Tuesday, October 28, 2014


Monumental Statements About Our World
by M. Stephen Doherty
Former Editor-in-Chief of American Artist magazine and current Editor of PleinAir



In 1857, the great Hudson River School painter Frederic E. Church unveiled his 40” x 90” painting of Niagara Falls. The fascination with and publicity about the painting brought out more than 100,000 people who each paid twenty-five cents to see what was then considered a colossal masterwork. That enthusiastic public response was not accidental or unexpected.

From the very beginning of his celebrated career, Church attracted attention to his work by creating large, blockbuster sized landscape paintings of exotic, unknown, and captivatingly dramatic locations. Some of those depictions were reports of what the artist actually discovered on location, and other paintings were imaginative compilations of the plant material, animals, volcanos, rivers, waterfalls, and people the artist sketched and painted when he made trips to Central and South America, Cuba, and Mexico. The challenges he set for himself in terms of both the physical and creative aspects of these projects were monumental.

Church was not the only great American artist who built his career on attention-getting, large-scale paintings. Albert Bierstadt filled massive canvases with dramatic storms, skyscraper sized waterfalls, and remote mountain landscapes; and some of the best wildlife artists of the 20th century, including Carl Rungius, created large, curved dioramas for natural history museums by referring to studies created on location in Africa, South America, Europe, and the United States.

The challenge of painting massive canvases didn’t originate with American artists. Long before, European masters like Rubens, Tintoretto, Delacroix, and Monet proved their talents and physical capabilities by filling cathedrals, palaces, and castles with series of large-scale paintings. Their murals, frescoes, mosaics, and canvases celebrated successful battles, conquests by a monarch, miracles performed by a saint, or wonders of the natural world. And while they brought attention to the events depicted in the works of art, they also elicited wide respect for the talented artists who accomplished such amazing artistic feats.

The challenges that brought out the best in artists of the past continue to inspire artists who have something important to say through their major works. One of today’s most gifted and dedicated American artists is preparing to celebrate the wildlife species in Africa on an unprecedented scale. Brian Jarvi has spent the past fourteen years realizing a dream grounded in his childhood fascination with collections of local animal species and informed by his lifelong studies of Africa. He will complete a series of seven large-scale, interlocking panels and related supporting studies that summarizes his understanding of life on the continent and his hopes for the future. Together, these thoroughly researched images will achieve the scale and impact of the monumental work of art executed by Church, Bierstadt, Rungius, or other historic masters.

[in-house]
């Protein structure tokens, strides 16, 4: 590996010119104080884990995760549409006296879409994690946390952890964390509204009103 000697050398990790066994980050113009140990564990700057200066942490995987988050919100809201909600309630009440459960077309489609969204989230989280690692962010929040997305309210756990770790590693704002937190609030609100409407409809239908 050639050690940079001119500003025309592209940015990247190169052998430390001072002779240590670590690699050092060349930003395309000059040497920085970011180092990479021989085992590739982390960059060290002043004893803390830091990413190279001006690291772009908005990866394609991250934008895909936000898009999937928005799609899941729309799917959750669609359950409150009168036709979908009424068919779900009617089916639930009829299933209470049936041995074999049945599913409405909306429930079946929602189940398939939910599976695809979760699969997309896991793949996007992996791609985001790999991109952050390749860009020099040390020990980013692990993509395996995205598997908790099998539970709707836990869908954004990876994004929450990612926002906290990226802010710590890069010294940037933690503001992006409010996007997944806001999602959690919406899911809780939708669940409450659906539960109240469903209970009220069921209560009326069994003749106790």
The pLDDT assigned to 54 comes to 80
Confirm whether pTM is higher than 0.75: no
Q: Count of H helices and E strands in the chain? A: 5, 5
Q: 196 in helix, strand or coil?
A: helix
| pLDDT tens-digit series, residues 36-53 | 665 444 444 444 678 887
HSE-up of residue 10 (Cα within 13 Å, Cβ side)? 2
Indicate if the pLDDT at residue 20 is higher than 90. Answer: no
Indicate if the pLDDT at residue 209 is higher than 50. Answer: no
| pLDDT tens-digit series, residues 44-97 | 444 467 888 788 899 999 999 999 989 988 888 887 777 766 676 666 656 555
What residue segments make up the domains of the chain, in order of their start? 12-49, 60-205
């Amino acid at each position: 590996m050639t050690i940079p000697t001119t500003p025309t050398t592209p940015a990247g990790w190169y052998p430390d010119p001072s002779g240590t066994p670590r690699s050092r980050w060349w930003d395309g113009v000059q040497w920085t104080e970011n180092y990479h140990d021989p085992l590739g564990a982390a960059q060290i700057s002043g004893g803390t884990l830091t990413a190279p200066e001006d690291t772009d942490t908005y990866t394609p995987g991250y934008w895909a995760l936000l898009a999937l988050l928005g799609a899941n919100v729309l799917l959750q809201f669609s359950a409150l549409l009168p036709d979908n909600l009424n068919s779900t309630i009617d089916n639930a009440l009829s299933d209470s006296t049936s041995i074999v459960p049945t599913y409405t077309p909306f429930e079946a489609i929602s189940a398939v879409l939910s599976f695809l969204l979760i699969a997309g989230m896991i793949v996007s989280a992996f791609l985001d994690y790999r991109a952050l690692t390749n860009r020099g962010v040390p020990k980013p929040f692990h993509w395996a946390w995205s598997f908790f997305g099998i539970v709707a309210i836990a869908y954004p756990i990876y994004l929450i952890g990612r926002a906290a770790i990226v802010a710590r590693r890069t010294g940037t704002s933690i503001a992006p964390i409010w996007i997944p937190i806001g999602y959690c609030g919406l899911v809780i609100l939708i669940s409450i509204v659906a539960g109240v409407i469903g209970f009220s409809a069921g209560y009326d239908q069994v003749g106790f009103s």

Brian Jarvi and Masai Chief

When Jarvi discusses his project, from its inception to its ultimate completion, it is clear he is a man of intellect, passion, talent, and perfection. “I’ve been studying, breathing, watching, eating, drawing and painting African images ever since my first trip to the continent in 1989,” he explains. “I’ve made a total of twelve trips there, each lasting from ten days to a full month, and I’ve hired drivers and Land Rovers to get me out into the field where I could learn about the animals, the people, and the environment. Sometimes, I went in search of specific locations and behaviors, and mostly I opened myself up to anything I could learn and experience. All of that comes into play as I conceive of drawings and paintings in response to what I have learned and what concerns me in terms of the fragile state of animals and their environment.”

The artwork resulting from this 25 year devotion to Africa falls into two general categories, both of which are in evidence in the exhibition of work related to the African Menagerie project. Some pieces are perceptive portraits of specific people, animals, and locations; and others are dramatic stories about the lives of those portrait subjects. That is, Jarvi creates images of individual tribesmen, lions, rhinos, leopards, and antelope as if he were painting commissioned portraits of African dignitaries. There is as much respect, love, and understanding of his subjects as there would be if he were painting portraits of family members or neighbors. He reveals both the unique personality and likeness of his subjects with such perceptive skill that viewers feel as if they have just been introduced to a living, breathing, resident of the earth.